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I want the US to lose the war in Iraq

 
 
Reply Mon 27 Dec, 2004 08:35 pm
"Can an American want the United States to lose the war in Iraq and still be patriotic?"

This was a question posed to Prof. Lawrence Lessig in a recent broadcast of Bill O'Reilly's cable show. Now, as Lessig correctly points out, this is a loaded question: "It not-so-subtly implies that those who oppose the war want the United States to lose and, even worse, want American soldiers to die." Even without the McCarthyite implications, the question is problematic: what would it mean, after all, to "lose" the war in Iraq? As far as I can tell, no one has ever figured out what would constitute victory in the war, so it seems that we can't even define "defeat" as simply the absence of victory.

Lessig, for his part, contended that "a patriotic citizen could in principle want the nation to lose a war if the war is unjust and if losing meant that fewer American soldiers would die for no good reason." I think that's a fair statement. It does, however, require some further elaboration. What exactly does it mean for a war to be "unjust?" And at what point can we say that soldiers are dying "for no good reason?"

As to the first point, libraries could be filled with the books written on the question of "just war" theory; I won't attempt to summarize all of the arguments, dating back to Thomas Aquinas and earlier, regarding the problem. We should, however, be able to agree that waging war in contravention to international agreements is, at least prima facie, "unjust." If a nation has pledged itself to obey certain rules before initiating aggression, and if we hold that such promises are both legally and ethically binding, then its failure to abide by those rules is manifestly unjust -- and that is true even if the object of the aggression is, by all measures, an evil, cruel, intolerable regime.

Furthermore, a war that is unjust in its origins does not gain legitimacy by virtue of the passage of time or by the fact that, having once initiated the conflict unjustly, the aggressor comports itself honorably and in accordance with the laws and usages of war (that's the difference between jus ad bellum and jus in bello). Nor is an unjust war made any better by the noble intentions or worthy goals of the initiator. In other words, a war that starts out unjust will remain unjust, and the initiator of such a war has only one obligation: to end it and to make the appropriate amends.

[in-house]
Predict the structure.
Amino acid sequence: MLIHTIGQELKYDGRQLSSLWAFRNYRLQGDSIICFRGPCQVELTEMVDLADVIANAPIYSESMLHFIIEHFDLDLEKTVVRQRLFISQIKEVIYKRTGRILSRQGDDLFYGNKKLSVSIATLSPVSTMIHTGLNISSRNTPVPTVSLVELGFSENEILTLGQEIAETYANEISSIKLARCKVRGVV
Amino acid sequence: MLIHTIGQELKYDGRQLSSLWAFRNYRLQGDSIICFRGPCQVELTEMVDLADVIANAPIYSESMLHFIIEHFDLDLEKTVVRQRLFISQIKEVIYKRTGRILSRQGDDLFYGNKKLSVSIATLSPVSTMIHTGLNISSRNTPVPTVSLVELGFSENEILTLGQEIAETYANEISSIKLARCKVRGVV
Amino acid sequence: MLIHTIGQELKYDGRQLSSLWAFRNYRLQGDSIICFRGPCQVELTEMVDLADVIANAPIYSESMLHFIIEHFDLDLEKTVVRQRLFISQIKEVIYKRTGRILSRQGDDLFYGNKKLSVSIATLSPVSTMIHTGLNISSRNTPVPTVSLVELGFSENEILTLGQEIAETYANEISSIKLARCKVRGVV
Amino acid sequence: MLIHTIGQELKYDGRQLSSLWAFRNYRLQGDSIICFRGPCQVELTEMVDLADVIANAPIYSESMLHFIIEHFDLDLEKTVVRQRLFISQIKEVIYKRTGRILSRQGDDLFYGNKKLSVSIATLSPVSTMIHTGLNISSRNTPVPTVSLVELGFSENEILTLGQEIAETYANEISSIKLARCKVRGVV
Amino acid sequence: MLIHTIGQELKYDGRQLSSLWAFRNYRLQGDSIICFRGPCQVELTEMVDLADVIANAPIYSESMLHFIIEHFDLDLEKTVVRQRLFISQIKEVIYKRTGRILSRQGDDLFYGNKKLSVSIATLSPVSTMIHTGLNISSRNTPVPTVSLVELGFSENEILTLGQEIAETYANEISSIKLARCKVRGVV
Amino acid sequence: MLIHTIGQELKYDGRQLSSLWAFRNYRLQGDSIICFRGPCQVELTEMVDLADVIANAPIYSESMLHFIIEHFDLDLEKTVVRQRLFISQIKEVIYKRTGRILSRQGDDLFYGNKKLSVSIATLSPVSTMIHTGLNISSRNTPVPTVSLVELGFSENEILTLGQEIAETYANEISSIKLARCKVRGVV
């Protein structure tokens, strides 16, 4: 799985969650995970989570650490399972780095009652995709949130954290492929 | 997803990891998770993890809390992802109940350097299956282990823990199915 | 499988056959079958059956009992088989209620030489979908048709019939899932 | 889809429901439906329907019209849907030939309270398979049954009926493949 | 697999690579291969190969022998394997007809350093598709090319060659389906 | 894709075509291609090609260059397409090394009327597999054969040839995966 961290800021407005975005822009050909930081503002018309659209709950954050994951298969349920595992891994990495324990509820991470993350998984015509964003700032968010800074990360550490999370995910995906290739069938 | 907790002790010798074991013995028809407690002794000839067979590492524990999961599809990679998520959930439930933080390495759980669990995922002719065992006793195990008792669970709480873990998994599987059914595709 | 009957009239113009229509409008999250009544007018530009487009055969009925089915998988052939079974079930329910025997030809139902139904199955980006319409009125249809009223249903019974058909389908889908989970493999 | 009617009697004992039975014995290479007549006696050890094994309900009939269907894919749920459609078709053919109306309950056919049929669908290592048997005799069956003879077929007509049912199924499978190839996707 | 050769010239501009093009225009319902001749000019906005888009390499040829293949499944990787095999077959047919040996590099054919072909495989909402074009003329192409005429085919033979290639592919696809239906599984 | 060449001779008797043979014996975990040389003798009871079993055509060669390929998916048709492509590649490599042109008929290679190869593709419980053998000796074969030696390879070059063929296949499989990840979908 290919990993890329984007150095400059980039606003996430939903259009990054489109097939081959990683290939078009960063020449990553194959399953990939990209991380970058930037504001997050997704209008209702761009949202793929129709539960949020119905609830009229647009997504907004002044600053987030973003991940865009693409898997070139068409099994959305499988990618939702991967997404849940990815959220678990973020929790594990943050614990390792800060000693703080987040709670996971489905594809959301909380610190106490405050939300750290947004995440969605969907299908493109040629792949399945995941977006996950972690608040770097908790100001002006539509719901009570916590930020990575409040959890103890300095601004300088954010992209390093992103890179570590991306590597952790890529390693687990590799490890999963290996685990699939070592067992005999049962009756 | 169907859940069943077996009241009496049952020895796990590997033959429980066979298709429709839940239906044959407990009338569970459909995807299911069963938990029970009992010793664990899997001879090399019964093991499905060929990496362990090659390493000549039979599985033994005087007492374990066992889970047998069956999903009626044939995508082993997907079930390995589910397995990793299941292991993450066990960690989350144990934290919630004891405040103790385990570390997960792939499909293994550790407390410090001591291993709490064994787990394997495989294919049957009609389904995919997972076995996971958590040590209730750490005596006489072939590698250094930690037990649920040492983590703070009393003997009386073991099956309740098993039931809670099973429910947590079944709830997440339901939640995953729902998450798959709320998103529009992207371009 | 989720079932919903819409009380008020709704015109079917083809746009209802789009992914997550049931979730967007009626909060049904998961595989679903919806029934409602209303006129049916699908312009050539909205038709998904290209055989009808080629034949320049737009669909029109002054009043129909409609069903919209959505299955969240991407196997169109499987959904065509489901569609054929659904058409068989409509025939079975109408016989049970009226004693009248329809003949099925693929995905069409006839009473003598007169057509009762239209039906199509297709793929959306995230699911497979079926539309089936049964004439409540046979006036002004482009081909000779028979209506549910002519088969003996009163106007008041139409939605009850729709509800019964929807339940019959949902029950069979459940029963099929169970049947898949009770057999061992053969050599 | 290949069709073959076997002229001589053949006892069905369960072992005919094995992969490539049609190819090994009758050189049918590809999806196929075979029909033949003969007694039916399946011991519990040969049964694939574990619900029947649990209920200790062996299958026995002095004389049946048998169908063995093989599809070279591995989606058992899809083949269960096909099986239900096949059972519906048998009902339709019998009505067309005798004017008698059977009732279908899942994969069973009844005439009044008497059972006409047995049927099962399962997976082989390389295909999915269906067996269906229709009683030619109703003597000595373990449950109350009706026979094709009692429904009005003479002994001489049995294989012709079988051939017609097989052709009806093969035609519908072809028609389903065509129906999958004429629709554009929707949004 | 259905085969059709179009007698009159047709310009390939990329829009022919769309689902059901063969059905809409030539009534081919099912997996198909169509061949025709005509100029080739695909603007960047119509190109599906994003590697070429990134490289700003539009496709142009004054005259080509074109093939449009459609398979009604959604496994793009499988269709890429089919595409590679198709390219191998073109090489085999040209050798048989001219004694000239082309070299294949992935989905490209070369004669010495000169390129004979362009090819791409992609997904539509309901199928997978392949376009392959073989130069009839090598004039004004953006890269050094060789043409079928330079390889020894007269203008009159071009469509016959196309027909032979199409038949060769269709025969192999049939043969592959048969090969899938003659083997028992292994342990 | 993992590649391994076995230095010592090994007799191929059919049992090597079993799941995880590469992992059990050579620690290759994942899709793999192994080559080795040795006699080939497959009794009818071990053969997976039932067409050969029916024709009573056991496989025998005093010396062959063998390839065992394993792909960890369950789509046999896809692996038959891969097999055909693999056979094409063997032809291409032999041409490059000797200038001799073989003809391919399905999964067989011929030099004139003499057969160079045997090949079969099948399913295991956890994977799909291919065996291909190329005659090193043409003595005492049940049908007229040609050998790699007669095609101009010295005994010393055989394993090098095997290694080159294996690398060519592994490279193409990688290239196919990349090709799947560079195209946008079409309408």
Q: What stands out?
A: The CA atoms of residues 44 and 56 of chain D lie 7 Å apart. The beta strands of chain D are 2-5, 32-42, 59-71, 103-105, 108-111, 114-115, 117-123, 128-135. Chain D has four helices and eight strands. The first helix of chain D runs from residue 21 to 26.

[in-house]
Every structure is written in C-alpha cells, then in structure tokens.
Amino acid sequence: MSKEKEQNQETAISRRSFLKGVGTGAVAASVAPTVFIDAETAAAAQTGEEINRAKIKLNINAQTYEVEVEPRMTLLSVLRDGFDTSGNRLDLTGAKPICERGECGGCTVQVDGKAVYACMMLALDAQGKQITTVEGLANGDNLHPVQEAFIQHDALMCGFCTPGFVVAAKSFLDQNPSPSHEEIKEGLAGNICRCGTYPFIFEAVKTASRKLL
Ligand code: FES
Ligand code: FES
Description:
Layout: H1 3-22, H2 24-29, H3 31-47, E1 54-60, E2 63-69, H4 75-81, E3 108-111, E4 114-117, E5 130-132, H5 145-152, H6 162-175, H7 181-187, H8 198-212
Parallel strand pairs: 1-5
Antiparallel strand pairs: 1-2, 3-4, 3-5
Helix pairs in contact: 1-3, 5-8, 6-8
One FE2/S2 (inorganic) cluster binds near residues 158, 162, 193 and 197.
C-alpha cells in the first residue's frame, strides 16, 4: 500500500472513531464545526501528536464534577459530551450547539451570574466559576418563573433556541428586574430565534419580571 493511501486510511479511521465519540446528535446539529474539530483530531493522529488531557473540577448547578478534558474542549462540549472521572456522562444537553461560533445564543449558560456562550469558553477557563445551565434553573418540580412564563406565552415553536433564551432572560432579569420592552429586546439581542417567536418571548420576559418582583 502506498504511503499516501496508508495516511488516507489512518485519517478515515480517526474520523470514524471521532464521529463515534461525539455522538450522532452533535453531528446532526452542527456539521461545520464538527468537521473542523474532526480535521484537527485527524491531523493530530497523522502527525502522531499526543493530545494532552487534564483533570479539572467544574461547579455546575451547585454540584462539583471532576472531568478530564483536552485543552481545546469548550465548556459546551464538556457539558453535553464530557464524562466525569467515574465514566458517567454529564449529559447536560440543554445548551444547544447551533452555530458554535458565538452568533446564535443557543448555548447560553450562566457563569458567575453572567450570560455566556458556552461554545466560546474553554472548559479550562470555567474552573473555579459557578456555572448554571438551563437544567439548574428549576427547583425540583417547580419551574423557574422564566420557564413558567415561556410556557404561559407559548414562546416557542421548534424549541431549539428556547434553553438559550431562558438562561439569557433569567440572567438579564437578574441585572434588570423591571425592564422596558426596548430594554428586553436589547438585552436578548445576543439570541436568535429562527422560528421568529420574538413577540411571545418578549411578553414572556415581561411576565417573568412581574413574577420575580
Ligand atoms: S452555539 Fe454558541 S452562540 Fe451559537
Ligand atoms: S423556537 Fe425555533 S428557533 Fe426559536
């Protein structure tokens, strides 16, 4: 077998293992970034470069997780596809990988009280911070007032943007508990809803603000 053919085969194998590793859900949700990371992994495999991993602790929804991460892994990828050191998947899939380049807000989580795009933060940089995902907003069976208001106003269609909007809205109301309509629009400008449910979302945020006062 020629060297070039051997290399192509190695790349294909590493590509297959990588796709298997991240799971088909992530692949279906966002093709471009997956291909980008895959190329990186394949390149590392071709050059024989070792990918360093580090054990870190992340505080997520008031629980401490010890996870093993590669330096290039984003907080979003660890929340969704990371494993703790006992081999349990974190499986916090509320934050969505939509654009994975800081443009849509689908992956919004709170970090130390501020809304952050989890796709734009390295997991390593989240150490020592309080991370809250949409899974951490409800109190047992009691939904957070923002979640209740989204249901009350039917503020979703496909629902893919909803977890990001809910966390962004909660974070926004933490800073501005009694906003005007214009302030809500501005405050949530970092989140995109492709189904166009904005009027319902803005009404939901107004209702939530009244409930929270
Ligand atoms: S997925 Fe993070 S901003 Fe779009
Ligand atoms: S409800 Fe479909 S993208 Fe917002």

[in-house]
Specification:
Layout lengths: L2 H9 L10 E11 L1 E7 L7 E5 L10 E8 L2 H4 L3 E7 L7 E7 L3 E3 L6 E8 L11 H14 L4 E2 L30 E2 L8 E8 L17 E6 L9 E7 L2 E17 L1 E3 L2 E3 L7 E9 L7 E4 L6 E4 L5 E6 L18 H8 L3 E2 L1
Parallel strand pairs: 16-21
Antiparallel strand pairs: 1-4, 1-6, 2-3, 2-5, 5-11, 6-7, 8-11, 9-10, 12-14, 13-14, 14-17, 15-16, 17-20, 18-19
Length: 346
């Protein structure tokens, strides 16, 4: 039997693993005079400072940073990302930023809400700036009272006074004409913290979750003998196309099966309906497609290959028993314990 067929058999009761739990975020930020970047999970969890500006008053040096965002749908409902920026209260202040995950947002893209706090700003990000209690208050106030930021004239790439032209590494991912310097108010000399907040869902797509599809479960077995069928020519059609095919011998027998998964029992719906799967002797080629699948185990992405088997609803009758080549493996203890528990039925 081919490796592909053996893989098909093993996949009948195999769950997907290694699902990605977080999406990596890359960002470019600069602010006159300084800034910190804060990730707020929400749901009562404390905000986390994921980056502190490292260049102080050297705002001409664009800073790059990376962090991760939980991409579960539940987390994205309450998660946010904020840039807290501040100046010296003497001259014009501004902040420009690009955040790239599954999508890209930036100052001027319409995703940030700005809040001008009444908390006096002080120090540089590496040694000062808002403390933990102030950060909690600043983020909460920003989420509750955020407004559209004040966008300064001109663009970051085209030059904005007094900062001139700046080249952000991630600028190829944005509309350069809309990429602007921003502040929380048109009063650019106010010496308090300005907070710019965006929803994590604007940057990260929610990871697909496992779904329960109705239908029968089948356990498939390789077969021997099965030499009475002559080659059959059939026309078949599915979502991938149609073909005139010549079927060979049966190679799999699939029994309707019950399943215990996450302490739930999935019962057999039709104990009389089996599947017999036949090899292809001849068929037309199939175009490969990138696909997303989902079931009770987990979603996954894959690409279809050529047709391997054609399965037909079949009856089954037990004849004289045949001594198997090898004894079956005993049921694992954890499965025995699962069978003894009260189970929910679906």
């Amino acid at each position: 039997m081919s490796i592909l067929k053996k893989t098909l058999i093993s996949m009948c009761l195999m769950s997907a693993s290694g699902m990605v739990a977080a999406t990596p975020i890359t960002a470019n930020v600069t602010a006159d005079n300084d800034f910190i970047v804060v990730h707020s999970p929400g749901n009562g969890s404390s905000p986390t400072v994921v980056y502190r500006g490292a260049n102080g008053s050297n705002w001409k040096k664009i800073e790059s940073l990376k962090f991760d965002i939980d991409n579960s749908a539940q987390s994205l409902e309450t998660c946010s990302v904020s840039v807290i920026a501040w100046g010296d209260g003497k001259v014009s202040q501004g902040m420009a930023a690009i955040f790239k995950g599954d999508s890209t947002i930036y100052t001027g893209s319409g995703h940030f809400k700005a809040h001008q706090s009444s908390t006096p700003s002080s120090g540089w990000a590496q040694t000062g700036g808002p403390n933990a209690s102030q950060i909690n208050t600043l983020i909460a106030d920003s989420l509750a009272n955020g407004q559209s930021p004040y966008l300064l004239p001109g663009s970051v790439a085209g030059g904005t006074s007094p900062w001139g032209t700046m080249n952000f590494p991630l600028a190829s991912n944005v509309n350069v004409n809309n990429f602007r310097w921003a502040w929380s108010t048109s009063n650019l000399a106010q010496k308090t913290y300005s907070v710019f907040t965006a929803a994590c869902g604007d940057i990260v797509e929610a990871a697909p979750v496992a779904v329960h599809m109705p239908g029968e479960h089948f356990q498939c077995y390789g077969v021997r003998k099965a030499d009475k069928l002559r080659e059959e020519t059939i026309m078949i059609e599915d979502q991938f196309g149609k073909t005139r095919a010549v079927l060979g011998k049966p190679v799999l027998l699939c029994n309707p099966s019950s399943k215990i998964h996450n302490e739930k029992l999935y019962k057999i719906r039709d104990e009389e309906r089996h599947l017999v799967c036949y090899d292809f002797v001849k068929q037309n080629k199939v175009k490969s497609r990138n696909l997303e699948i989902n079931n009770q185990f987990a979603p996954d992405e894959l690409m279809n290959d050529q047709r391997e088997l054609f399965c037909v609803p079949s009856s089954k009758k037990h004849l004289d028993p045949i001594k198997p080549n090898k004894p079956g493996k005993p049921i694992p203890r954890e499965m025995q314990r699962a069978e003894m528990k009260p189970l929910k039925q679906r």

The question, then, is whether this war is an unjust war. I've posted some of my thoughts on this subject elsewhere. Just to summarize those remarks and to make my opinion clear, I think the US's attack on Iraq constituted an illicit war of aggression, contrary to the UN Charter and international law, and that the persons responsible for the decision to attack should be held legally accountable for their actions. The war in Iraq, in short, is an unjust war.

Having resolved this question, it becomes rather simple to assess whether or not US troops are dying "for no good reason." It is, I would contend, never a good reason to die in an unjust war. Indeed, the only honorable response for an individual to take would be to refuse to fight in such a conflict, just as an aggressor nation's only honorable response is to cease hostilities and attempt to rectify its wrongs. And that, in sum, is what I want the US to do.